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Old Mar 22, 2004, 10:44 PM   #1
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Default Lens for Indoor Volleyball

Hi, I recently bought a the 300D kit and am having a lot fun with it. What kind of lens do people recommend for shooting indoor volleyball? I cannot use a flash. Sometimes I can get close to the game but other times not. I been thinking the Sigma 70-200mm f2.8 might be a good one but perhaps I could get by with a shorter lens. Thanks.
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Old Mar 23, 2004, 1:42 AM   #2
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You have only one option, the 70-200 IS USM, but you already knew that didn't y ou.
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Old Mar 23, 2004, 4:25 PM   #3
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I shoot a lot of gymnastic which is a NO FLASH sport..

I guess I'm going to have to disagree with Norm...

(My understanding which could be totally wrong is an IS lens might not be of much help when shooting sports... main objective of IS is to help with camera shake...)

I have 3 lens in my bag:

Canon 50mm 1.8
Tamron 28-75 2.8 Xr Di
Sigma 70-200 2.8

Here's some samples...

http://www.tammyandjohn.com/PhotoAlb...0904/index.htm
http://www.tammyandjohn.com/PhotoAlb...d_04/index.htm
http://www.tammyandjohn.com/PhotoAlb...z_04/index.htm
http://www.tammyandjohn.com/PhotoAlb...e_04/index.htm

And don't be afraid to crank up the ISO... most of mine are ISO 800 or ISO 1600 and then processed with NeatImage. I get very acceptable results!
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Old Mar 23, 2004, 4:55 PM   #4
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Quote:
I guess I'm going to have to disagree with Norm...
I've read various comments on the Sigma 70-200 and they seem to be all over the board, which scares me a bit. Some say that it has a soft focus wide open which isn't what I want personally. My 100mm F2 is slightly soft wide open as well and I get frustrated with that because I bought the thing to be able to utilize the wide open setting indoors.

I've never heard one bad review on the 70-200 L IS and that's perhaps why I suggest it as the "only" option.

I've read some wonderful reviews on the Sigma, and I'm quite happy with my 50-500 by Sigma, but my Sigma 500 flash died on me this last weekend in the midst of an important basketball event, which put a very bad taste in my mouth.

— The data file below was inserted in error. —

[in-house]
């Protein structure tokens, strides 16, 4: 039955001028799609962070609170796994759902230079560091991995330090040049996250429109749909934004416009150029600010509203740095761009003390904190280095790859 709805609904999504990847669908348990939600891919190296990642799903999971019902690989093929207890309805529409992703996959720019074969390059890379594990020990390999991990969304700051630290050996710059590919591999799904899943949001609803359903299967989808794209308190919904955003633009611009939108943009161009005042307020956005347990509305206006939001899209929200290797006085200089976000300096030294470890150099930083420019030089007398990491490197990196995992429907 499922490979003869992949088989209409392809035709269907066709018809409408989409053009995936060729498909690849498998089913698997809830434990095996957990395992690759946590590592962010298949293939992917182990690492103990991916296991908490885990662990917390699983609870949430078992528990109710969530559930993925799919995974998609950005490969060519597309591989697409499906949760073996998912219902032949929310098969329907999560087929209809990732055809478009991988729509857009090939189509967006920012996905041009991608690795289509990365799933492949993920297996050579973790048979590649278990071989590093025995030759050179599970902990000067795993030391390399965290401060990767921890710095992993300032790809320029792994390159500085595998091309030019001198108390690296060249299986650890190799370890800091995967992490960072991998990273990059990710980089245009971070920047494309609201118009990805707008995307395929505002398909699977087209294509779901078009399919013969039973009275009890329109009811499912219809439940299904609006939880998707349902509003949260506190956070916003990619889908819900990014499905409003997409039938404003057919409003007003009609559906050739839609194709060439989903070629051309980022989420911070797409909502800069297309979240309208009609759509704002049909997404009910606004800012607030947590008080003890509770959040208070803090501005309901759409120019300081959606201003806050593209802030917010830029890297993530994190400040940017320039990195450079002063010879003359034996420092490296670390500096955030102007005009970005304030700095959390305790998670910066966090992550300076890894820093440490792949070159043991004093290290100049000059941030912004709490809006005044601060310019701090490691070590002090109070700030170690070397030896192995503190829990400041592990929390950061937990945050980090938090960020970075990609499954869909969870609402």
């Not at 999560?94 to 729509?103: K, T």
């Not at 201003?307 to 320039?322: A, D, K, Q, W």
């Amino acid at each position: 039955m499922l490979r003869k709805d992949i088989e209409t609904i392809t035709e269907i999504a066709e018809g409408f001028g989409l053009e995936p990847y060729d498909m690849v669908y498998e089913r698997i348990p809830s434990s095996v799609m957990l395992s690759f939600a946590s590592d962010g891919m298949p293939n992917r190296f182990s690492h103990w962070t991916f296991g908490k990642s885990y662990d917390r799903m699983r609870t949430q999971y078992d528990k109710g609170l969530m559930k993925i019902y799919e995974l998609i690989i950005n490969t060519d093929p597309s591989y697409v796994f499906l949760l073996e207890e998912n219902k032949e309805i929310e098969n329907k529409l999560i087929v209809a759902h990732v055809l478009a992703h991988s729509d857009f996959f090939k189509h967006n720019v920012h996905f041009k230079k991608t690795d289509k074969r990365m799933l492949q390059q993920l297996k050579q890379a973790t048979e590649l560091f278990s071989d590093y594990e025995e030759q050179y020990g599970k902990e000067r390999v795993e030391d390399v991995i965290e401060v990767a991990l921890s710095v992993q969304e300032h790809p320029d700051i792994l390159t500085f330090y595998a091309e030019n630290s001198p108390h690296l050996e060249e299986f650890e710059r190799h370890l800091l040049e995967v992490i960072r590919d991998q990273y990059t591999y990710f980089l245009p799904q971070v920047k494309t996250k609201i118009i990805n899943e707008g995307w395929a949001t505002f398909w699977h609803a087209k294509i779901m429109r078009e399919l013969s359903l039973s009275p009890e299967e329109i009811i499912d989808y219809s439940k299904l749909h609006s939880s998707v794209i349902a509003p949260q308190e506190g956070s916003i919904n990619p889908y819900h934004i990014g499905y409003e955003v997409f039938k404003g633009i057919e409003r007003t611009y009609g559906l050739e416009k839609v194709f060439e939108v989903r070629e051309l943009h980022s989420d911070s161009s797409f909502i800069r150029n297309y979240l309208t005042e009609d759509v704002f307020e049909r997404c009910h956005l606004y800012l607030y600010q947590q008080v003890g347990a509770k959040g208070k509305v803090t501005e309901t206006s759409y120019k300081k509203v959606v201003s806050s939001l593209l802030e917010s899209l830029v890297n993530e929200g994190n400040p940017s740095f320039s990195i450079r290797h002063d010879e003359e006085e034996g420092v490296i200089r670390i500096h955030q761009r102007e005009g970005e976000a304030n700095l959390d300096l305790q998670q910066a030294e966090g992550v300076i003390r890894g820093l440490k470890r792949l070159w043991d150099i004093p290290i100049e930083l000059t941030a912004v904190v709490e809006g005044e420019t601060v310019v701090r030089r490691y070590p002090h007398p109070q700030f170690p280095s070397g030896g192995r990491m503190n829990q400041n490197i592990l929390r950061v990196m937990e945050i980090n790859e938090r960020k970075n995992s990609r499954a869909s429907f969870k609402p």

I think I'm going to save up for the Canon IS L where I don't need to worry so much about quality control factors. If I could spend my money all over again, from the beginning, the very first lens that I would purchase would be the 70-200 L IS, without a doubt. I'm learning but it's costly.

Minolta is coming out with an image stabalized SLR soon which will make every lens IS. Ack...$$$

Your gymnastics photos are excellent, and you do a great job with Neat Image as well. Sometimes things can look plastic with that software (I have it myself), but you seem to have worked out a great profile Sag.

I've picked up alot from your commentary and appreciate your input. Happy shutterbugging!
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Old Mar 23, 2004, 5:36 PM   #5
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Quote:
Originally Posted by Normcar
Minolta is coming out with an image stabilized SLR soon which will make every lens IS. Ack...$$$
I have to agree with Mr_Saginaw as well... IS will work if you're shooting @ static walls it can not do wonder when the actual subject(s) move. There's the 50mm f/1.4-1.8 and the 85mm f1.2-1.8 for that, as well as some f/2's, short of this any 70-200 2.8 will be the next compromise!
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Old Mar 23, 2004, 7:18 PM   #6
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Cut and paste from photo.net...please respond NHL, I value your opinion.

R. J. , jan 27, 2004; 04:53 a.m.
Has anyone had experience with the IS built into the 300mm and 400mm f/2.8 Canon lenses?

Most camera blur is the result of up-and-down (rather than side-to- side) movement. Hence the usefulness of monopods.


Canon IS has two modes, including one for panned shots. Sounds good. Any comments?